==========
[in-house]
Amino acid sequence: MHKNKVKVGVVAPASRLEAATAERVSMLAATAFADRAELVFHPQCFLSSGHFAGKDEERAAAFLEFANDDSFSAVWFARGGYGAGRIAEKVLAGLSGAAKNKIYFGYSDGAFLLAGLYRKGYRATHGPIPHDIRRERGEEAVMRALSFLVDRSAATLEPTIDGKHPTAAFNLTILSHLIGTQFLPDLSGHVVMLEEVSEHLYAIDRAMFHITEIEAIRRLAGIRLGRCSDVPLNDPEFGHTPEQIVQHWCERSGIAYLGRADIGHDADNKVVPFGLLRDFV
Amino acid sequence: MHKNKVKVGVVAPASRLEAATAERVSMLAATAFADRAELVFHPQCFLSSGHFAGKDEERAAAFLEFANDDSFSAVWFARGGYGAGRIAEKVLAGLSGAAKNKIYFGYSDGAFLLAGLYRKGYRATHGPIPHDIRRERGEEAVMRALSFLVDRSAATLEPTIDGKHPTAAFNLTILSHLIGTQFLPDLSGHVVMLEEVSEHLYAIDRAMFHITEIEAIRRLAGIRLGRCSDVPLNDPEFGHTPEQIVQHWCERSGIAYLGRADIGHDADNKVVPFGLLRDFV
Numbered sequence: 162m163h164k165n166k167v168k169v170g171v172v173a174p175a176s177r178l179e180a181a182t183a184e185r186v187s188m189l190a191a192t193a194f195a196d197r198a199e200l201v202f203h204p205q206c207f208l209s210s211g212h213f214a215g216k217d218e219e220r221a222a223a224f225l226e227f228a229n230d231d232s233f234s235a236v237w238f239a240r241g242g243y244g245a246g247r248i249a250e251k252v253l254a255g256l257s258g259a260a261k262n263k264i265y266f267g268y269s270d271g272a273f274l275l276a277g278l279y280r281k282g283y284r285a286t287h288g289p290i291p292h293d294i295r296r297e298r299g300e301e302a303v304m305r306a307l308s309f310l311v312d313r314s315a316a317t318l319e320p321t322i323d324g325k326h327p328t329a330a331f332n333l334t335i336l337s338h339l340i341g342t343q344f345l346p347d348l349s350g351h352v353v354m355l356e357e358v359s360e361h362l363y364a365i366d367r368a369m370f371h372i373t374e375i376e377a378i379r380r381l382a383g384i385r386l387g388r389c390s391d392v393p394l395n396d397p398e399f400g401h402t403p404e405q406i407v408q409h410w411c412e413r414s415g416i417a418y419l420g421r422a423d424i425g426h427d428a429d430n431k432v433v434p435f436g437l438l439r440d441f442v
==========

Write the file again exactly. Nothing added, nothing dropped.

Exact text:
[in-house]
Amino acid sequence: MHKNKVKVGVVAPASRLEAATAERVSMLAATAFADRAELVFHPQCFLSSGHFAGKDEERAAAFLEFANDDSFSAVWFARGGYGAGRIAEKVLAGLSGAAKNKIYFGYSDGAFLLAGLYRKGYRATHGPIPHDIRRERGEEAVMRALSFLVDRSAATLEPTIDGKHPTAAFNLTILSHLIGTQFLPDLSGHVVMLEEVSEHLYAIDRAMFHITEIEAIRRLAGIRLGRCSDVPLNDPEFGHTPEQIVQHWCERSGIAYLGRADIGHDADNKVVPFGLLRDFV
Amino acid sequence: MHKNKVKVGVVAPASRLEAATAERVSMLAATAFADRAELVFHPQCFLSSGHFAGKDEERAAAFLEFANDDSFSAVWFARGGYGAGRIAEKVLAGLSGAAKNKIYFGYSDGAFLLAGLYRKGYRATHGPIPHDIRRERGEEAVMRALSFLVDRSAATLEPTIDGKHPTAAFNLTILSHLIGTQFLPDLSGHVVMLEEVSEHLYAIDRAMFHITEIEAIRRLAGIRLGRCSDVPLNDPEFGHTPEQIVQHWCERSGIAYLGRADIGHDADNKVVPFGLLRDFV
Numbered sequence: 162m163h164k165n166k167v168k169v170g171v172v173a174p175a176s177r178l179e180a181a182t183a184e185r186v187s188m189l190a191a192t193a194f195a196d197r198a199e200l201v202f203h204p205q206c207f208l209s210s211g212h213f214a215g216k217d218e219e220r221a222a223a224f225l226e227f228a229n230d231d232s233f234s235a236v237w238f239a240r241g242g243y244g245a246g247r248i249a250e251k252v253l254a255g256l257s258g259a260a261k262n263k264i265y266f267g268y269s270d271g272a273f274l275l276a277g278l279y280r281k282g283y284r285a286t287h288g289p290i291p292h293d294i295r296r297e298r299g300e301e302a303v304m305r306a307l308s309f310l311v312d313r314s315a316a317t318l319e320p321t322i323d324g325k326h327p328t329a330a331f332n333l334t335i336l337s338h339l340i341g342t343q344f345l346p347d348l349s350g351h352v353v354m355l356e357e358v359s360e361h362l363y364a365i366d367r368a369m370f371h372i373t374e375i376e377a378i379r380r381l382a383g384i385r386l387g388r389c390s391d392v393p394l395n396d397p398e399f400g401h402t403p404e405q406i407v408q409h410w411c412e413r414s415g416i417a418y419l420g421r422a423d424i425g426h427d428a429d430n431k432v433v434p435f436g437l438l439r440d441f442v